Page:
Keynote Speakers

Prof Russ Taylor (SKA Research Chair in Radio Astronomy, University of Cape Town and University of the Western Cape)

Keynote address: The Square Kilometre Array: Big Telescope, Big Science, Big Data

Biographical Summary: Russ Taylor received a B.Sc. in Astronomy, from the University of Western Ontario in 1976, and a Ph.D. in Physics (Radio Astronomy) from the University of British Columbia in 1982. He is currently the Director of the newly established Inter-University Institute for Data Intensive Astronomy and a South African Joint Research Chair in Radio Astronomy at the University of Cape Town and University of the Western Cape. Before coming to South Africa in 2014, Professor Taylor was Professor of Astrophysics at the University of Calgary. Past positions include: Head of the Department of Physics and Astronomy University of Calgary, Visiting Scientist, U.S. National Radio Astronomy Observatory; Distinguished Visiting Scientist, Australian Commonwealth Industrial Research Organization; Research Associate, University of Manchester, Jodrell Bank Observatory; Research Associate, University of Groningen, Kapteyn Astronomical Laboratory; NSERC Postdoctoral Fellow, University of Toronto.

He has served on numerous national and international committees and boards. Among these are several that impact planning and development of astronomy world-wide, including President of the Radio Astronomy Division of the International Astronomical Union. He has played a leading role on the Square Kilometre Array Project since its inception in the early 1990s. As the founding SKA International Project Scientist in 1998, he co-authored the first science case for the SKA project.

On the research side, Taylor has published over 200 professional scientific articles, and has edited six books. During his time as a professor at the University of Calgary he mentored over 40 young scientists in radio astrophysics and the techniques of radio imaging of the sky.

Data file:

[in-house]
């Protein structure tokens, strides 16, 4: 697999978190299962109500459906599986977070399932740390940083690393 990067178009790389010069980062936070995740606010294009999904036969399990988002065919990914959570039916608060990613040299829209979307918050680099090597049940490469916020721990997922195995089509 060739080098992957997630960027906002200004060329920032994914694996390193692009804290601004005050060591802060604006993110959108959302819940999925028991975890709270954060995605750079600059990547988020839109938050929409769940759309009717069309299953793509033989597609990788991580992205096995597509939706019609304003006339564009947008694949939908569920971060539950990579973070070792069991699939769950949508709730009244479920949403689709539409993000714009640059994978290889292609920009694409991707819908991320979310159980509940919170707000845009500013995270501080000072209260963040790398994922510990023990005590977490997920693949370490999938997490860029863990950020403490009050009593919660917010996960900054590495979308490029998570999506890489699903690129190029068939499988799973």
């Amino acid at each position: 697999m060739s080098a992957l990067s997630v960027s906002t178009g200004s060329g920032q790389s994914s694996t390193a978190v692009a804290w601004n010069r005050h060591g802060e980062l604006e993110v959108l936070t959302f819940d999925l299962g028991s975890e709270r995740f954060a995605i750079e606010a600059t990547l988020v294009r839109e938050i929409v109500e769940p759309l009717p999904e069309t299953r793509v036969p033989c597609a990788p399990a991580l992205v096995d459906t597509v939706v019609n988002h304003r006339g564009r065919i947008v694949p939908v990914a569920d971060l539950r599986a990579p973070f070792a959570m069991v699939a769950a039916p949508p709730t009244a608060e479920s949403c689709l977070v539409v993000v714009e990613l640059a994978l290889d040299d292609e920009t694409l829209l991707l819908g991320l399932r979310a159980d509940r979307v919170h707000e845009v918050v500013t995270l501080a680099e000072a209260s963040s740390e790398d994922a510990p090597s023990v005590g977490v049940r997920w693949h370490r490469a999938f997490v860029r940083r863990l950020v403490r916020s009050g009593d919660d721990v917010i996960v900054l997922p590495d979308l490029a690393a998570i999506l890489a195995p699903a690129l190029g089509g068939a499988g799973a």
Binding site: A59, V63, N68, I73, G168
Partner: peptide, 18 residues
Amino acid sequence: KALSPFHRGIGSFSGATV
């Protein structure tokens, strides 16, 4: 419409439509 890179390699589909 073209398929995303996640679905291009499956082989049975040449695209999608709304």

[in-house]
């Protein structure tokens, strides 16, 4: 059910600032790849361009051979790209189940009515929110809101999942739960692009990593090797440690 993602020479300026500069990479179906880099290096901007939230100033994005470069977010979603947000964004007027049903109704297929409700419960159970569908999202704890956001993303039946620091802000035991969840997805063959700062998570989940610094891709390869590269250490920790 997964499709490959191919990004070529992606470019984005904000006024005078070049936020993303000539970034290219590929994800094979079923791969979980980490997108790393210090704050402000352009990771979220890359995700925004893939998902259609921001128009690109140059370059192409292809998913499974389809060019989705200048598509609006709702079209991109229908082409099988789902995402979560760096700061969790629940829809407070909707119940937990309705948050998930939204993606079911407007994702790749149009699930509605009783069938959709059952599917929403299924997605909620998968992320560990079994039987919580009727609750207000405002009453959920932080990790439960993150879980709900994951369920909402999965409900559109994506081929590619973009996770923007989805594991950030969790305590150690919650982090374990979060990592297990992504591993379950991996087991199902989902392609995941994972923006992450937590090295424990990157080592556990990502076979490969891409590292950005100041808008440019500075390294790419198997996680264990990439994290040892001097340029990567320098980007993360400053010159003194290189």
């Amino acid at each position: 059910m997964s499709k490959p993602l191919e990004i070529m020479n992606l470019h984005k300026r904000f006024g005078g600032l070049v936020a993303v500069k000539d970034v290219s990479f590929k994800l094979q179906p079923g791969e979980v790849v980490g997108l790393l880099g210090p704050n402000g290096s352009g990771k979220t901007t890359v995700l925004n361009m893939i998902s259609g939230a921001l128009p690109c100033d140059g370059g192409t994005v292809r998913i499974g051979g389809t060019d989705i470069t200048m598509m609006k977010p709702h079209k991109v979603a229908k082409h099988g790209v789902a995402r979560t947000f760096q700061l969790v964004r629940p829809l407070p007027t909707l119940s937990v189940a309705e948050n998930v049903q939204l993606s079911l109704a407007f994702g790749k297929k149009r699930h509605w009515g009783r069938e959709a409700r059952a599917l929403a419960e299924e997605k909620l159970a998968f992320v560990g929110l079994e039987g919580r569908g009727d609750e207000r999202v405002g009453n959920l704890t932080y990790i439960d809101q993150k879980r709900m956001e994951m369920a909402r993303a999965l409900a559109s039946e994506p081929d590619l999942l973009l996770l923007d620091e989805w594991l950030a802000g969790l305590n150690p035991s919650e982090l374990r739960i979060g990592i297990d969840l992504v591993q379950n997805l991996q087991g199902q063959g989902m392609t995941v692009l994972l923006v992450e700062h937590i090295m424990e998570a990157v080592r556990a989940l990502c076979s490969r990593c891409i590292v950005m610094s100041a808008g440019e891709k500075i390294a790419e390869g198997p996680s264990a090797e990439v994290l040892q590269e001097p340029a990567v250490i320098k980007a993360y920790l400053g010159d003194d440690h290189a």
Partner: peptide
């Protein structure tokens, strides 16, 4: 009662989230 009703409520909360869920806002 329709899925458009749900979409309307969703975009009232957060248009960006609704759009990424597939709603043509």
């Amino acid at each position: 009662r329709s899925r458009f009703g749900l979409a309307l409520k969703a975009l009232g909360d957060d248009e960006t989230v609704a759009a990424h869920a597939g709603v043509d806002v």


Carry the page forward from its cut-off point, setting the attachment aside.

With the SKA now under construction in Africa, Professor Taylor moved in 2014 to South Africa to establish a new institute to solve the big data challenges of the SKA. He lives part time in Parksville and plans to retire here soon with his artist wife Janis.

Keynote address: The Square Kilometre Array: Big Telescope, Big Science, Big Data

Abstract: The first decades of this century has seen a tremendous advance in information and digital technologies impacting scientific inquiry. Data being created by global projects in science and engineering, by the ubiquitous sensors tracking the state of the planet, by the connected internet of things, and by vast and complex collections of meta data that trace the patterns and trends in human behaviour are beginning to be creatively mined in ways that fundamentally change our perception of the world and empower global change. 

The  Square Kilometre Array, one of the largest scientific projects ever undertaken, has harnessed these advances to create one of the biggest data challenges in science of the coming decades.   Under development by an international consortium of thirteen countries, it is one of a suite of future global flagship astronomy projects designed in consort to answer our biggest questions about the universe, The  SKA is coming to Africa to be hosted by an eight-country African partnership.   The MeerKAT  telescope just completed in the Great Karoo is the first element of the SKA and marks the beginning of the new era of big data in African astronomy.  A new generation of researchers working at the forefront of data science and multi-wavelength astronomy will be critical to African leadership in the SKA science enterprise.

Prof Simon Maskell (University of Liverpool)

Keynote address: Particles 2.0: Non-linear Non-Gaussian Inference for 2021

Biographical Summary: Prof Simon Maskell has a Masters and PhD degree from Cambridge University. He worked at QinetiQ from 1999 before joining the University of Liverpool in 2013. Throughout, Simon’s focus has been on tracking, data fusion and the wider application of numerical Bayesian inference techniques, typified by particle filters, in a range of contexts: applications that Simon is currently working on include what might be considered conventional applications in surveillance using, for example, radars, cameras and sonars, but also applications in epidemiology, cyber defence and manufacturing: Simon’s recent work in support of UK government resulted in IET including him in a (short!) list of COVID heroes. The application domains that Simon works with share the ambition and often a pressing need to develop techniques that can capitalise on state-of-the-art statistical signal processing but also do so in a way that makes full use of current and future computing resources. Simon is director of a training grant that funds 60 PhD studentships to become future leaders who can operate at this interface. He is also an associate editor for two IEEE and one Wiley journal and president of the International Society of Information Fusion for 2020-2022